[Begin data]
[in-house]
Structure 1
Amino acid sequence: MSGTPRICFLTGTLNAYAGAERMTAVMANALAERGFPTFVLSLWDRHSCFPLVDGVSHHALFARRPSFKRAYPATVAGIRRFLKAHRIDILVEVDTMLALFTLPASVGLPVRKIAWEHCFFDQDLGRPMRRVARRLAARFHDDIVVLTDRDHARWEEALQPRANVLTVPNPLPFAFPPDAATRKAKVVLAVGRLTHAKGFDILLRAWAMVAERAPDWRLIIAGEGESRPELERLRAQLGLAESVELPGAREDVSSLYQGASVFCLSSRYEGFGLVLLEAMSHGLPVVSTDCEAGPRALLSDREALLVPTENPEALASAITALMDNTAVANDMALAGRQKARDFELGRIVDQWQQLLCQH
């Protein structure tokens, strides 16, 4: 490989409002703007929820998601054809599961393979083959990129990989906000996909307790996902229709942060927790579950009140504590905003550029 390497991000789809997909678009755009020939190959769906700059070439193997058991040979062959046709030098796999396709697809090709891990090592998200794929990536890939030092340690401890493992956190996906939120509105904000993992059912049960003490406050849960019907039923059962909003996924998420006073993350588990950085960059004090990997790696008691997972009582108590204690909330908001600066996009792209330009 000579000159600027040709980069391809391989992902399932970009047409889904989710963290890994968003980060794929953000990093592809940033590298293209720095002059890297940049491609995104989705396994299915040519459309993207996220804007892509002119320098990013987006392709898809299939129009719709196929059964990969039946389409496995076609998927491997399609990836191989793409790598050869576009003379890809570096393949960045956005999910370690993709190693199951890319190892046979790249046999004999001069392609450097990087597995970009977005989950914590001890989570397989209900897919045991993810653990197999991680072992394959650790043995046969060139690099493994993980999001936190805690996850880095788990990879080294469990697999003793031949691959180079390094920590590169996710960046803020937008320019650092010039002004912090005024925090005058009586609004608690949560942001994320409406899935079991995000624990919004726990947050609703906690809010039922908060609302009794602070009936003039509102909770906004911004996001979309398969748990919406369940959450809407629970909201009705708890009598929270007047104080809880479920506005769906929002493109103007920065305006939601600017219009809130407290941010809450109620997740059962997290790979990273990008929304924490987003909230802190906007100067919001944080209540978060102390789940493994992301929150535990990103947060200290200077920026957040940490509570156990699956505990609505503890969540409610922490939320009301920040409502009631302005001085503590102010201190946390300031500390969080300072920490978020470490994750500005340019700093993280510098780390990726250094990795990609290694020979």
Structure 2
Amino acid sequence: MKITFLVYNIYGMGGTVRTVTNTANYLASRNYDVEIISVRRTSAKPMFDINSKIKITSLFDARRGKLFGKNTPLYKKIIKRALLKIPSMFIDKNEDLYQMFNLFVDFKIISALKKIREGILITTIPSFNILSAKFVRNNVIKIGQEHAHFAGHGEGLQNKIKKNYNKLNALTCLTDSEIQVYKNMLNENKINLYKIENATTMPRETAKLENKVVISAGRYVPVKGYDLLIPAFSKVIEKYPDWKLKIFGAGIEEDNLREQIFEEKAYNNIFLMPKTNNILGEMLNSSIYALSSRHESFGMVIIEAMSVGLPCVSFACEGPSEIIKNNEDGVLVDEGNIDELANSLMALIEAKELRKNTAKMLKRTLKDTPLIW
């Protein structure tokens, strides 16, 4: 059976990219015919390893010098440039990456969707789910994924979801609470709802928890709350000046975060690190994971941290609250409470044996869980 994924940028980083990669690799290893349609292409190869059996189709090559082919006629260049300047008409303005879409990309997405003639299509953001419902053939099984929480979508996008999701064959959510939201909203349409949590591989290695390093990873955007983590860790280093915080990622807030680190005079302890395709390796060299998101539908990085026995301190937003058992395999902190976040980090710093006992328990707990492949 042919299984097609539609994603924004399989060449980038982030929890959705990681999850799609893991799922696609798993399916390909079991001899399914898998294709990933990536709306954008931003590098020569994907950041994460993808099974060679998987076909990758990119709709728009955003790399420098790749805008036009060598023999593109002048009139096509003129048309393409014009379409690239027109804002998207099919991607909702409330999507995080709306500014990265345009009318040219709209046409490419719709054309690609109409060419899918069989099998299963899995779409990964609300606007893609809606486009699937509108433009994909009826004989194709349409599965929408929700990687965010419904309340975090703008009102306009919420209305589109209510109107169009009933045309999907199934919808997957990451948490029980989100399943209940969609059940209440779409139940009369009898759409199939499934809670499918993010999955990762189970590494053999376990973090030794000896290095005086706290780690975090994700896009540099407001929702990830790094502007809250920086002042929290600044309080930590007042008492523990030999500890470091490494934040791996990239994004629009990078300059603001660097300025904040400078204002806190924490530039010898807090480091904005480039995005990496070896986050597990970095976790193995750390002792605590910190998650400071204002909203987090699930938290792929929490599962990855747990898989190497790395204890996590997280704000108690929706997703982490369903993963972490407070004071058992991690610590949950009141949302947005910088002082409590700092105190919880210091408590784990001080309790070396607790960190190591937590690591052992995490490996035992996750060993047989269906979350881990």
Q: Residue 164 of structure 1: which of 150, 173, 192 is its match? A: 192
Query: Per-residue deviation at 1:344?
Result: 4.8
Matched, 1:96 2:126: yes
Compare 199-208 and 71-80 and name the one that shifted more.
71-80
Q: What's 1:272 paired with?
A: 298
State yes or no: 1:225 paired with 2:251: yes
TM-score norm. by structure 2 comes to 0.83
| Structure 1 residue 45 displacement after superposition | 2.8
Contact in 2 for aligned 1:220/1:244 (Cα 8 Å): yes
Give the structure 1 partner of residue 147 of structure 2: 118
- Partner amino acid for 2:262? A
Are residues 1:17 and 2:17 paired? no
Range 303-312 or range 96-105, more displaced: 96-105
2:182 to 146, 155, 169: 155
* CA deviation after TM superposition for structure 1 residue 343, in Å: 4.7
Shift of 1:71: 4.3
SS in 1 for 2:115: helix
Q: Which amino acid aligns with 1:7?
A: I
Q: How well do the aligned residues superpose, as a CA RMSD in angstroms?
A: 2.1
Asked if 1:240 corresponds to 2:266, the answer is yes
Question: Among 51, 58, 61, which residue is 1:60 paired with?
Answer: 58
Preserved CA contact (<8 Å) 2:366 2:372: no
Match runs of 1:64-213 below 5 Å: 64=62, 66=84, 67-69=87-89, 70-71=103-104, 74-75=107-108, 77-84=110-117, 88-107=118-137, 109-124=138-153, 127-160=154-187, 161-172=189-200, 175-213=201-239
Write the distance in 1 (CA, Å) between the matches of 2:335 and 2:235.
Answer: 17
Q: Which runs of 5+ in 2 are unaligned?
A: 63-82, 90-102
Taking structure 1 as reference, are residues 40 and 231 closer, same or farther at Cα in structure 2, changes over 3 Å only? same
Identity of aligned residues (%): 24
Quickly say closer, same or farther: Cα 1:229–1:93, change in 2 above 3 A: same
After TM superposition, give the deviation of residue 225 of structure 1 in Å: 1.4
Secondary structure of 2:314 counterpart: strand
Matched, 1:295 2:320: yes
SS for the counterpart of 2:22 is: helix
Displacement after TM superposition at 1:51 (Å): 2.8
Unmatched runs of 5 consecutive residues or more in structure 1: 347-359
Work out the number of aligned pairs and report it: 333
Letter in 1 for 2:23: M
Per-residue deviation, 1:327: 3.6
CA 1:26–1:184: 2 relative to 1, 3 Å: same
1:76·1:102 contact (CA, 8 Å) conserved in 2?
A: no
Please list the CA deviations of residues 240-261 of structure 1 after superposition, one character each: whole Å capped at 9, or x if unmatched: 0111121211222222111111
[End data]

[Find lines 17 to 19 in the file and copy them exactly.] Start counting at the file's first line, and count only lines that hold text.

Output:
TM-score norm. by structure 2 comes to 0.83
| Structure 1 residue 45 displacement after superposition | 2.8
Contact in 2 for aligned 1:220/1:244 (Cα 8 Å): yes